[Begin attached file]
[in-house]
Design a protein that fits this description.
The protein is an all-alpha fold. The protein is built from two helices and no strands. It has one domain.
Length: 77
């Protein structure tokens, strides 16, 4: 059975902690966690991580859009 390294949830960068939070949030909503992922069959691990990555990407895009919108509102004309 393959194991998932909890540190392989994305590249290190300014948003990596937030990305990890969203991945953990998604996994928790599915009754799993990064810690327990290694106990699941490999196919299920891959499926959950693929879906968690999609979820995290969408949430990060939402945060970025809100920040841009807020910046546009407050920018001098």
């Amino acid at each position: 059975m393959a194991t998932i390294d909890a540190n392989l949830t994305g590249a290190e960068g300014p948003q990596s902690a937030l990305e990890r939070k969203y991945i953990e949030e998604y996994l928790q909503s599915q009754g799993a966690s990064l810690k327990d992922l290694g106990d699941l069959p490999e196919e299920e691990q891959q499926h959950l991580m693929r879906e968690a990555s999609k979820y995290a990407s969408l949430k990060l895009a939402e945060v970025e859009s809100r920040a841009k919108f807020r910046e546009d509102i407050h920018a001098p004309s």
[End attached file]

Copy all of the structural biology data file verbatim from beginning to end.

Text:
[in-house]
Design a protein that fits this description.
The protein is an all-alpha fold. The protein is built from two helices and no strands. It has one domain.
Length: 77
């Protein structure tokens, strides 16, 4: 059975902690966690991580859009 390294949830960068939070949030909503992922069959691990990555990407895009919108509102004309 393959194991998932909890540190392989994305590249290190300014948003990596937030990305990890969203991945953990998604996994928790599915009754799993990064810690327990290694106990699941490999196919299920891959499926959950693929879906968690999609979820995290969408949430990060939402945060970025809100920040841009807020910046546009407050920018001098």
């Amino acid at each position: 059975m393959a194991t998932i390294d909890a540190n392989l949830t994305g590249a290190e960068g300014p948003q990596s902690a937030l990305e990890r939070k969203y991945i953990e949030e998604y996994l928790q909503s599915q009754g799993a966690s990064l810690k327990d992922l290694g106990d699941l069959p490999e196919e299920e691990q891959q499926h959950l991580m693929r879906e968690a990555s999609k979820y995290a990407s969408l949430k990060l895009a939402e945060v970025e859009s809100r920040a841009k919108f807020r910046e546009d509102i407050h920018a001098p004309s």